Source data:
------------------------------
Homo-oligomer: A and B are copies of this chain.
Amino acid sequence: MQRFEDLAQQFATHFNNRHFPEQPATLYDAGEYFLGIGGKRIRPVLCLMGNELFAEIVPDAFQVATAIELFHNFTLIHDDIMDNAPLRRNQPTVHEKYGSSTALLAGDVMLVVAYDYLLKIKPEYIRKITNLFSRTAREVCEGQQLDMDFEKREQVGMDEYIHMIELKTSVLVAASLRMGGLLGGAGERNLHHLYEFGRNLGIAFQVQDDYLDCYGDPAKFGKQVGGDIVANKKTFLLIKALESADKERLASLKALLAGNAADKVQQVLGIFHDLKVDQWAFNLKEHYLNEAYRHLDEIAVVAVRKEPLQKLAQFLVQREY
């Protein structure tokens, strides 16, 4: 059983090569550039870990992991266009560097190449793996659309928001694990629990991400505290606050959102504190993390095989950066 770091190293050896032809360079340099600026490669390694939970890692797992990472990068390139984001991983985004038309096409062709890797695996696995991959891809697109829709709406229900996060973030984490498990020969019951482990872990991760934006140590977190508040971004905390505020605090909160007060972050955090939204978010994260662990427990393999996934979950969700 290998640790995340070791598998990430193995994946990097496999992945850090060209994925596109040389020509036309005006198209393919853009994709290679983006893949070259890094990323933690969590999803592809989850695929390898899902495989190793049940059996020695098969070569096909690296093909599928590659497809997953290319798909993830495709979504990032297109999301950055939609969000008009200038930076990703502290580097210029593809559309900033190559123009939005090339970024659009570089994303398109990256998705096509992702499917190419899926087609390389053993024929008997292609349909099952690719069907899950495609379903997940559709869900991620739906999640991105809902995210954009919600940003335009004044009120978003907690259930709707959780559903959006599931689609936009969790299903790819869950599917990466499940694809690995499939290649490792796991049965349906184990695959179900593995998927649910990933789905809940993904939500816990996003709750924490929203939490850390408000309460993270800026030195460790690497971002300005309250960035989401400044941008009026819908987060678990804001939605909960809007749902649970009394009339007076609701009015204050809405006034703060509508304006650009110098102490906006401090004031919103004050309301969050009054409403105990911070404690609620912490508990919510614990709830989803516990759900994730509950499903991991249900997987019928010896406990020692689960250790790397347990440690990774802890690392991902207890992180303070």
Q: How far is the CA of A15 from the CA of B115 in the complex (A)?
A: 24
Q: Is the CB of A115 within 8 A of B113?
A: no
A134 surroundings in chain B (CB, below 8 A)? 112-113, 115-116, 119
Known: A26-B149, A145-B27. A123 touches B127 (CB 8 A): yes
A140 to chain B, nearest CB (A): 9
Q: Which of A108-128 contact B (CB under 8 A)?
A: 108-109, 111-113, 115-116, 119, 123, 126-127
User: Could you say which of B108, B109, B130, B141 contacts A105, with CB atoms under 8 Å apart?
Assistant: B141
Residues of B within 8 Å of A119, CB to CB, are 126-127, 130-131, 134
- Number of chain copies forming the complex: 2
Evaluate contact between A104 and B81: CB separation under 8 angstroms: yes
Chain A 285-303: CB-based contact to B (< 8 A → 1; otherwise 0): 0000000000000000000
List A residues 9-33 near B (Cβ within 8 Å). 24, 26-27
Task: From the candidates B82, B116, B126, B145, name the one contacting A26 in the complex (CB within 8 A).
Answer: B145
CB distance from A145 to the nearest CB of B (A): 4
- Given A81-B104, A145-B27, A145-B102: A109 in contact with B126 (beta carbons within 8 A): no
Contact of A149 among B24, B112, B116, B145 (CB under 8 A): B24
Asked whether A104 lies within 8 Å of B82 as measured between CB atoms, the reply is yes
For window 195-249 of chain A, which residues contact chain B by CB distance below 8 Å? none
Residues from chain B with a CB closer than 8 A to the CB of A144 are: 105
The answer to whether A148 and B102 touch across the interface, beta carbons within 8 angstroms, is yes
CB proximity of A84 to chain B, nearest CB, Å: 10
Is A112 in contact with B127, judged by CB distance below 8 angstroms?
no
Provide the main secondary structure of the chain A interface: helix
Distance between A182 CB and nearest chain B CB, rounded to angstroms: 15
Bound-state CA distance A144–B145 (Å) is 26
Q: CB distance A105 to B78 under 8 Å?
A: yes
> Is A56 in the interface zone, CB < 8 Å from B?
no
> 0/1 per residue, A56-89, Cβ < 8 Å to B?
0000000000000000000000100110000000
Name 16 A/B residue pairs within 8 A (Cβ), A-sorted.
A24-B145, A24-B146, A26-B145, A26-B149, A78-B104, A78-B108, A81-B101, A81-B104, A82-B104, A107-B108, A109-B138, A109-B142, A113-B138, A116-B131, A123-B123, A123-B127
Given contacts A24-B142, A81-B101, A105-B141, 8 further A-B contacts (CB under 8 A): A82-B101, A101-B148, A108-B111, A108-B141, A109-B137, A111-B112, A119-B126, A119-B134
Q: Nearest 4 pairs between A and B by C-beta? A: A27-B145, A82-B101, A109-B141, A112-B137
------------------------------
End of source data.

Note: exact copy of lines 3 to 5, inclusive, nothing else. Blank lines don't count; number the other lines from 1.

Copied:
């Protein structure tokens, strides 16, 4: 059983090569550039870990992991266009560097190449793996659309928001694990629990991400505290606050959102504190993390095989950066 770091190293050896032809360079340099600026490669390694939970890692797992990472990068390139984001991983985004038309096409062709890797695996696995991959891809697109829709709406229900996060973030984490498990020969019951482990872990991760934006140590977190508040971004905390505020605090909160007060972050955090939204978010994260662990427990393999996934979950969700 290998640790995340070791598998990430193995994946990097496999992945850090060209994925596109040389020509036309005006198209393919853009994709290679983006893949070259890094990323933690969590999803592809989850695929390898899902495989190793049940059996020695098969070569096909690296093909599928590659497809997953290319798909993830495709979504990032297109999301950055939609969000008009200038930076990703502290580097210029593809559309900033190559123009939005090339970024659009570089994303398109990256998705096509992702499917190419899926087609390389053993024929008997292609349909099952690719069907899950495609379903997940559709869900991620739906999640991105809902995210954009919600940003335009004044009120978003907690259930709707959780559903959006599931689609936009969790299903790819869950599917990466499940694809690995499939290649490792796991049965349906184990695959179900593995998927649910990933789905809940993904939500816990996003709750924490929203939490850390408000309460993270800026030195460790690497971002300005309250960035989401400044941008009026819908987060678990804001939605909960809007749902649970009394009339007076609701009015204050809405006034703060509508304006650009110098102490906006401090004031919103004050309301969050009054409403105990911070404690609620912490508990919510614990709830989803516990759900994730509950499903991991249900997987019928010896406990020692689960250790790397347990440690990774802890690392991902207890992180303070």
Q: How far is the CA of A15 from the CA of B115 in the complex (A)?
A: 24